I think those are sufficient examples to prove your point. I definitely recall Bin Laden using such references.
Nonetheless, I do think that it is a more contemporary training in how to break down the Western system. How can we guilt the West into giving itself up? They know we feel guilty for the crusades.
I tend to agree with other posters that the Crusades were a response to imperial aggression of the Islamic world. Seizure of Jerusalem was an emphatic point of domination. Further seizures in Europe also demonstrated their aggressive practice.
Our responses continue to be rather tame.
To an extent, I think this is the case. But, as another poster mentioned, they are a deeply dysfunctional culture. While a more sophisticated troublemaker like Bin Laden may understand the psychological akido involved, the average Muslim doesn't. It's a point of humiliation, a symbol of failure, and an excuse to cling to for their lack of success in the modern world. People latch on to that, especially when confronted with two dueling realities.
Those realities being that Islam is the perfect form of government, religion, and society, alongside the fact that Islam creates poverty, tyranny and intellectual stifling wherever it goes. Simply put, Islam is a disaster in practice, and they don't understand why. The crusades, and by extention, the West, is the scapegoat. *Someone* did this to us. *Someone* is out to get us, which is why things aren't going well.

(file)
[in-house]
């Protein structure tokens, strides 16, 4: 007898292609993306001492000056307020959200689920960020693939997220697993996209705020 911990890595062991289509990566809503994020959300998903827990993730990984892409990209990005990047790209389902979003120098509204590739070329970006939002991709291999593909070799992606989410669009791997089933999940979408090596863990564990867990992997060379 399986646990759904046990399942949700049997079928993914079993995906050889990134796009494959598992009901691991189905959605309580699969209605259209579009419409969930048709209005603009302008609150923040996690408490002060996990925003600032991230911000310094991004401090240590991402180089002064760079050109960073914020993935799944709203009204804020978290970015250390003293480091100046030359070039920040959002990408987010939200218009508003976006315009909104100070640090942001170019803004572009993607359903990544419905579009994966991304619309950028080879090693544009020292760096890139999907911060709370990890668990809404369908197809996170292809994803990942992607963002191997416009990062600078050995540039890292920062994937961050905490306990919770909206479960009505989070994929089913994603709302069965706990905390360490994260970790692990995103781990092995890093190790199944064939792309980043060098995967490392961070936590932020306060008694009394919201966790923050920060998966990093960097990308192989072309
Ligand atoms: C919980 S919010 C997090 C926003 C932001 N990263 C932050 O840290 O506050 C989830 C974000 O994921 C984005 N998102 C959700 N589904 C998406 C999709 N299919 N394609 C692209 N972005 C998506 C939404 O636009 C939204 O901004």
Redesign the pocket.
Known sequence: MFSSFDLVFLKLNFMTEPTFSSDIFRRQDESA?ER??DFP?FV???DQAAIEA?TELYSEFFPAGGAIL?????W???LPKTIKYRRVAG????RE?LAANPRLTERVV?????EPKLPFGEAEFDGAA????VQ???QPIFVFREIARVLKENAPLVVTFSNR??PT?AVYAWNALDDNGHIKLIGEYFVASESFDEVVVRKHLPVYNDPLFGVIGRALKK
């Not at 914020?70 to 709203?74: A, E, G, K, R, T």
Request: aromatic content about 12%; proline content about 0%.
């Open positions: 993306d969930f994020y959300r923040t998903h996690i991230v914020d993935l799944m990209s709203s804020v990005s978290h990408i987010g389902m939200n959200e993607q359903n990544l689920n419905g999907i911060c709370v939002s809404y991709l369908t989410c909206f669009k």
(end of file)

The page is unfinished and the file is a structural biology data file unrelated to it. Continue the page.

It's not rational, but it's a powerful emotion arguement, and many contemporary Muslims believe it. Granted, many are obsessed with Zionism, as a specific form of Western meddling, but the concept of Crusaders spoiling the Muslim party are at the base of that neurosis. It's a lot more deep seated, culturally speaking, than the more recent concern of Zionism.